Students debate and exercise: Ethical analysis!
      Kant’s CI, Act U., Rule U., Social Contract



                                  34
Censorship and Children
Child Internet Protection Act (CIPA)
      Government requirement for installing anti-pornography
       filters before receiving federal funds for Internet access
         Argument for: Libraries do already abstain from offering X-rated
          magazines or movies
         So they should not be obliged to filter Internet pornography
         Argument against: Filters are inaccurate and inconvenient. They
          restrict freedom of speech from some web publishers
      Upheld by U.S. Supreme Court in 2003
         It is not the role and function of libraries to provide a public
          forum for free speech; can be exercised elsewhere




                                     35
 Is CIPA Ethical?
Kantian evaluation of protecting children from harm using filters
       Assumption is that some non-pornographic web pages are filtered
       Filters treat creators of non-offensive, blocked pages as a means to the
        end for restricting children’s access to pornographic materials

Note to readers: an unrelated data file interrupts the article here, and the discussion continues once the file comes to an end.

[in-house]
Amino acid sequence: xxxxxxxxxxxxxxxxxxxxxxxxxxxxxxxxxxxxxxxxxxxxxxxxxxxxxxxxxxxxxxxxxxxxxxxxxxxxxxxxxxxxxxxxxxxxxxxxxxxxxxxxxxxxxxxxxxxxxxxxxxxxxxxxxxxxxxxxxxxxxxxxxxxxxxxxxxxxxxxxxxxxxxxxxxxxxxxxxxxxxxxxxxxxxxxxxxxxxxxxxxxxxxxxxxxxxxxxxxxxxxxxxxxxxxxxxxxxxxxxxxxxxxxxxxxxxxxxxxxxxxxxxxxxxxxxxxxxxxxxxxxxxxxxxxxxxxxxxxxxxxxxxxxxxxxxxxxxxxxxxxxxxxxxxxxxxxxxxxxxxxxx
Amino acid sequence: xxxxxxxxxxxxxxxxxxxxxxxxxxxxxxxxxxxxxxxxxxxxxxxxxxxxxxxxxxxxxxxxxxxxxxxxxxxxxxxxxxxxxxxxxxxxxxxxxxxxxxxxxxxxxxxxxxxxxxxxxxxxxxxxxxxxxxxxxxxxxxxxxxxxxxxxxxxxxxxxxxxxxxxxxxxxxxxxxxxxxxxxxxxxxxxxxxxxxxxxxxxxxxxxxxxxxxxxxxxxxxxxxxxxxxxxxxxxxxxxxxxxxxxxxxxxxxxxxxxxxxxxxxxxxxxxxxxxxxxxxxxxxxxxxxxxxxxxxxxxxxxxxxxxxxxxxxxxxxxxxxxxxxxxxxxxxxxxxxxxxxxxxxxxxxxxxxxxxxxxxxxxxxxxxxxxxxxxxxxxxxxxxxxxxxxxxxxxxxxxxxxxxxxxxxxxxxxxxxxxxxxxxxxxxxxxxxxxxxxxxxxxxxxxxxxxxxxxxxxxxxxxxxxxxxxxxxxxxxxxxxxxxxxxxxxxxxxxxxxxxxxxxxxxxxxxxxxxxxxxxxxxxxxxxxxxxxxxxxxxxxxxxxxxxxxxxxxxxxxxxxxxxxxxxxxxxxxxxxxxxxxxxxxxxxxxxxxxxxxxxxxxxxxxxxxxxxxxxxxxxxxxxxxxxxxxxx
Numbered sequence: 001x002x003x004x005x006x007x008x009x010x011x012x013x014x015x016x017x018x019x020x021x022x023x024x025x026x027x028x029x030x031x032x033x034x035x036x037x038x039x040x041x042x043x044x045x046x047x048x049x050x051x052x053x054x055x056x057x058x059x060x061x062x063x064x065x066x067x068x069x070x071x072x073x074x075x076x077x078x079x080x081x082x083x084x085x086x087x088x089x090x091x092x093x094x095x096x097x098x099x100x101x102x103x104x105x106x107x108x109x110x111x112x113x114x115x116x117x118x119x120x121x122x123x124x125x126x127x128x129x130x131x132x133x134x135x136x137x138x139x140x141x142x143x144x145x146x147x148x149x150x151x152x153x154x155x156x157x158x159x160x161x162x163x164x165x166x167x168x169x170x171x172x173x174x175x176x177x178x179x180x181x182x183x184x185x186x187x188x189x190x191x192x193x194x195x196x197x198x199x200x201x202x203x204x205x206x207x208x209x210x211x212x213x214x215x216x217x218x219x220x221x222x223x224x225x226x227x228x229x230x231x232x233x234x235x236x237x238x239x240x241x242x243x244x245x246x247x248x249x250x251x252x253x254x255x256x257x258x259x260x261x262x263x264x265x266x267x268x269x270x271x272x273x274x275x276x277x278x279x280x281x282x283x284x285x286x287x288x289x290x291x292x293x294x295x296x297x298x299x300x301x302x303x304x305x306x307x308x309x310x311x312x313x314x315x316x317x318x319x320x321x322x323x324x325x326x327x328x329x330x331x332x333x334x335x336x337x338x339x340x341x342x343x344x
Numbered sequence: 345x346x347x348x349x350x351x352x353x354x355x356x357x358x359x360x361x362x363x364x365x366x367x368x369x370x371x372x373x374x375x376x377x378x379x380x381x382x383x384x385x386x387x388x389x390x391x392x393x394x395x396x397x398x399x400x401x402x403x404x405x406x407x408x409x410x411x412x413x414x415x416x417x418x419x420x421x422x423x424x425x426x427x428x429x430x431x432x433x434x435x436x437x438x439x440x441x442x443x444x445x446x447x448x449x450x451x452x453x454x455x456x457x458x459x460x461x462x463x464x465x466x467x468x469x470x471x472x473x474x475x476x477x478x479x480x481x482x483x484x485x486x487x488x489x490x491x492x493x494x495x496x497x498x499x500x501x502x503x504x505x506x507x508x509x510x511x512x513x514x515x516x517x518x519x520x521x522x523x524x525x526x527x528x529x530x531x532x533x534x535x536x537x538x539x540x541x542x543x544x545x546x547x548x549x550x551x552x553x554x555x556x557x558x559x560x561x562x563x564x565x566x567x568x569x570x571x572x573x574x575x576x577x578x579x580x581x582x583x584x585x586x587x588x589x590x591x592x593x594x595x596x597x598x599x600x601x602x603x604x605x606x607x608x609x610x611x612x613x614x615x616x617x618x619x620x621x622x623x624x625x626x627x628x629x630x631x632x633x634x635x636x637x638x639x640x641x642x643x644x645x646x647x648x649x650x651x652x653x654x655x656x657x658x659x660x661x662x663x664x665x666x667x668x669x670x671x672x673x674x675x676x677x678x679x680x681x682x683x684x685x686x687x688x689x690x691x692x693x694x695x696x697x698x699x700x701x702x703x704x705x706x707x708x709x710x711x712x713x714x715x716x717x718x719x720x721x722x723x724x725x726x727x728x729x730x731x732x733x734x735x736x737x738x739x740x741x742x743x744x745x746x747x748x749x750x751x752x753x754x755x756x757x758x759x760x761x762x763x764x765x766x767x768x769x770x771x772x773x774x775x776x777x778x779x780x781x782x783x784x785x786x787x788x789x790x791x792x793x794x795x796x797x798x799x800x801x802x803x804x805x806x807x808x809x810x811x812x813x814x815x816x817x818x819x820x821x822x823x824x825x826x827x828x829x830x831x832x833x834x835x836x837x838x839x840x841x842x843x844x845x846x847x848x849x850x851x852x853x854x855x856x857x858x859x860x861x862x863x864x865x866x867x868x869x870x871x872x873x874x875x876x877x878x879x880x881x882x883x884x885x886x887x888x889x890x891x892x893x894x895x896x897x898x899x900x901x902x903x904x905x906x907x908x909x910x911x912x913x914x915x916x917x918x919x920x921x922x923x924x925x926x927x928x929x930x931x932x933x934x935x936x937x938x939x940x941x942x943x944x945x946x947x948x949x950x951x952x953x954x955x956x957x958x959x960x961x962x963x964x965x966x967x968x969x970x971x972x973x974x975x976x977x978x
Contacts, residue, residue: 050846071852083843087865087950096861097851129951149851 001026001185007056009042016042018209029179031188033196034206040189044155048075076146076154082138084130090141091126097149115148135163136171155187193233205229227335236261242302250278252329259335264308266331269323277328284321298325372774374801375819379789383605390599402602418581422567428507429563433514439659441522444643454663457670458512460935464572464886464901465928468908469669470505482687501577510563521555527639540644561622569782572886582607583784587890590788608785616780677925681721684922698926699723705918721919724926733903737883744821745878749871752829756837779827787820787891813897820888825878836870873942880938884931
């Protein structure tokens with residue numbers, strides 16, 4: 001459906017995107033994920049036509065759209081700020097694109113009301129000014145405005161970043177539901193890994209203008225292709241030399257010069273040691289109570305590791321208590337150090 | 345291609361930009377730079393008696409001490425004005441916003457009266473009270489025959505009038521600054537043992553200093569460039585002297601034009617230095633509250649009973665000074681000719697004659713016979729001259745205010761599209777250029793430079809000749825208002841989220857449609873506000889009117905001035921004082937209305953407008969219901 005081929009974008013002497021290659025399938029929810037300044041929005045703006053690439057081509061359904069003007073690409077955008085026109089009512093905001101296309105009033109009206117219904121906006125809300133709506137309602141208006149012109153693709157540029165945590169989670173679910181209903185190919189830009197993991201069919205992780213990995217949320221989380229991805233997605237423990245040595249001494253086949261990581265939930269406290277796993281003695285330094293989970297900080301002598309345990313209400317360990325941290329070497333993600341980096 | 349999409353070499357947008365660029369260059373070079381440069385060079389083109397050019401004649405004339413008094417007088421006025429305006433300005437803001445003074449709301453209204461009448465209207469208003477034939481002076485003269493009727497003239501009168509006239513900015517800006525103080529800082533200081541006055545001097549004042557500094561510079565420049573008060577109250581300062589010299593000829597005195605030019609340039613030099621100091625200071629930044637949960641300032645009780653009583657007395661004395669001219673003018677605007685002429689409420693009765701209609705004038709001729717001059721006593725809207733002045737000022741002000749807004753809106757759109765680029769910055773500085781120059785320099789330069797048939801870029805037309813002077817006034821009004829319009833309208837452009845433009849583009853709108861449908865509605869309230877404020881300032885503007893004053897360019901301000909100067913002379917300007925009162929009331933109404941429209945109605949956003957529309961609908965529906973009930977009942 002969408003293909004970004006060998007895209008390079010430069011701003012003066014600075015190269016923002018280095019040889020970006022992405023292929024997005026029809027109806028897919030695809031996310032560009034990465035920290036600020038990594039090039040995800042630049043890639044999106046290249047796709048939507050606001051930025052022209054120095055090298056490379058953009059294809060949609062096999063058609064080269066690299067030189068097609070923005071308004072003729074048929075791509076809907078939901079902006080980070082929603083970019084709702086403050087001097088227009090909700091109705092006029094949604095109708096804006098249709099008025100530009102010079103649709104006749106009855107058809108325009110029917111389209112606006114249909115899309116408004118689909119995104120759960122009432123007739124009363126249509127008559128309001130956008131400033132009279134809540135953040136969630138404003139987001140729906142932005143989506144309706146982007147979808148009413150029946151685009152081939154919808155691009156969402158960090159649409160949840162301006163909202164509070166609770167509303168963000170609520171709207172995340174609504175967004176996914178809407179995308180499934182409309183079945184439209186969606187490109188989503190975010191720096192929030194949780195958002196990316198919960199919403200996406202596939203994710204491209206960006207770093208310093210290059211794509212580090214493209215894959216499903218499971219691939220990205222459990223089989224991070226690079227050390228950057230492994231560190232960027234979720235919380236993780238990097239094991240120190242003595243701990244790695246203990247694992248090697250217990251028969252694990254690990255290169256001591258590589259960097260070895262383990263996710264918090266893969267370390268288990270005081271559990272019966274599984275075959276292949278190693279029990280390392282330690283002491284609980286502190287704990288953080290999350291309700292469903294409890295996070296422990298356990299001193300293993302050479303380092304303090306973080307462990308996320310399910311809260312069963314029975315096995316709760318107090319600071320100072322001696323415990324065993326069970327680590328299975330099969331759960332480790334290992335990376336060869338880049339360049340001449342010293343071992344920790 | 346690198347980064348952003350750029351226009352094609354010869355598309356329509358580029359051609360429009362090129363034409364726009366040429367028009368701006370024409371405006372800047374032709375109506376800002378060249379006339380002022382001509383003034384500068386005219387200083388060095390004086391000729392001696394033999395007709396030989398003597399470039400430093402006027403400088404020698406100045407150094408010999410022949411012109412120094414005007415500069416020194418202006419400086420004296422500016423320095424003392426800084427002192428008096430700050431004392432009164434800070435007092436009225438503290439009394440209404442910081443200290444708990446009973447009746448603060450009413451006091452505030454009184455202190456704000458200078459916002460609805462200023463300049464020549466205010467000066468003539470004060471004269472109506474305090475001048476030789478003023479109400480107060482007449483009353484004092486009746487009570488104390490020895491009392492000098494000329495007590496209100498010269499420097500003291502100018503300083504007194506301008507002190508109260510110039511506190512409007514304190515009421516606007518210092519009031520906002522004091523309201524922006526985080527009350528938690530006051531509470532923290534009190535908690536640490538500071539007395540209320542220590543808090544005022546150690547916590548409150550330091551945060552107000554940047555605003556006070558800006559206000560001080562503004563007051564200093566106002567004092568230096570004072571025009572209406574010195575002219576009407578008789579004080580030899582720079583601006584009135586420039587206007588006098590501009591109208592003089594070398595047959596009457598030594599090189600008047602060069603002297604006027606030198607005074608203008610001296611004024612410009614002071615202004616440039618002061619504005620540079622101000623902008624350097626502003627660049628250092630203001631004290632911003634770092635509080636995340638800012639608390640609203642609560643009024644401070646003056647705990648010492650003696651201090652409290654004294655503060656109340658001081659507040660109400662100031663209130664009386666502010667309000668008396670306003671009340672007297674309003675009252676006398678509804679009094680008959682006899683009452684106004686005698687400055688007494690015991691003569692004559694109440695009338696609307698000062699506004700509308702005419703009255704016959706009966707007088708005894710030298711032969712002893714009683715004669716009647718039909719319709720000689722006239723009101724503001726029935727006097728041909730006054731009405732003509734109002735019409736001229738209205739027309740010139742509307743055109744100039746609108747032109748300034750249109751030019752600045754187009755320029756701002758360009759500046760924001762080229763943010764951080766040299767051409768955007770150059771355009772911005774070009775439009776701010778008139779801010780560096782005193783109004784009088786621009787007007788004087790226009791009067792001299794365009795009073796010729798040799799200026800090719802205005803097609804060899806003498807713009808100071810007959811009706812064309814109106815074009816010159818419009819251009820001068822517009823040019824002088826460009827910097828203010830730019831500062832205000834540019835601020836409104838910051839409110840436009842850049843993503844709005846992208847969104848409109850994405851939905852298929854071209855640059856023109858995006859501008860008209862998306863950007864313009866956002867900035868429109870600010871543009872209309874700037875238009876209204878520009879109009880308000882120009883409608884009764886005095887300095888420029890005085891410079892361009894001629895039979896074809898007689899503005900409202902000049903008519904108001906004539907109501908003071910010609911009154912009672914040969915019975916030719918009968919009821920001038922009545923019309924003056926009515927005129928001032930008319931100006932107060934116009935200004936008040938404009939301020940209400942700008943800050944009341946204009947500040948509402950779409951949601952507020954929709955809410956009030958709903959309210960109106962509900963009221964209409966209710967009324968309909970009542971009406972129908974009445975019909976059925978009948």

Act utilitarian evaluation
       Up to each of us
       Enacting CIPA results in fewer children being exposed
       Some legitimate sites will be filtered accidentally
       Stigma, discomfort for legitimate users getting sites unfiltered

Social contract theory evaluation
       Private viewing of pornography does not make social living impossible
       Public libraries offer arguments on both sides (assumption is that filters
        block some useful sites)


                                       36
Catch Chat-Room Predators
Police sting operations to lure pedophiles
       Ethical?
       Kantian analysis
          Is the will leading to the action OK?
          Yes and no
              » Overall goal is good; but that is not of prime interest to CI
              » Deceptiveness to do so is always wrong to a Kantian!
       Utilitarian analysis
          Result is public benefit (OK to harm one pedophile so society benefits)
          Publicity may deter other pedophiles
          Impact on chat rooms as an effective medium for communication if one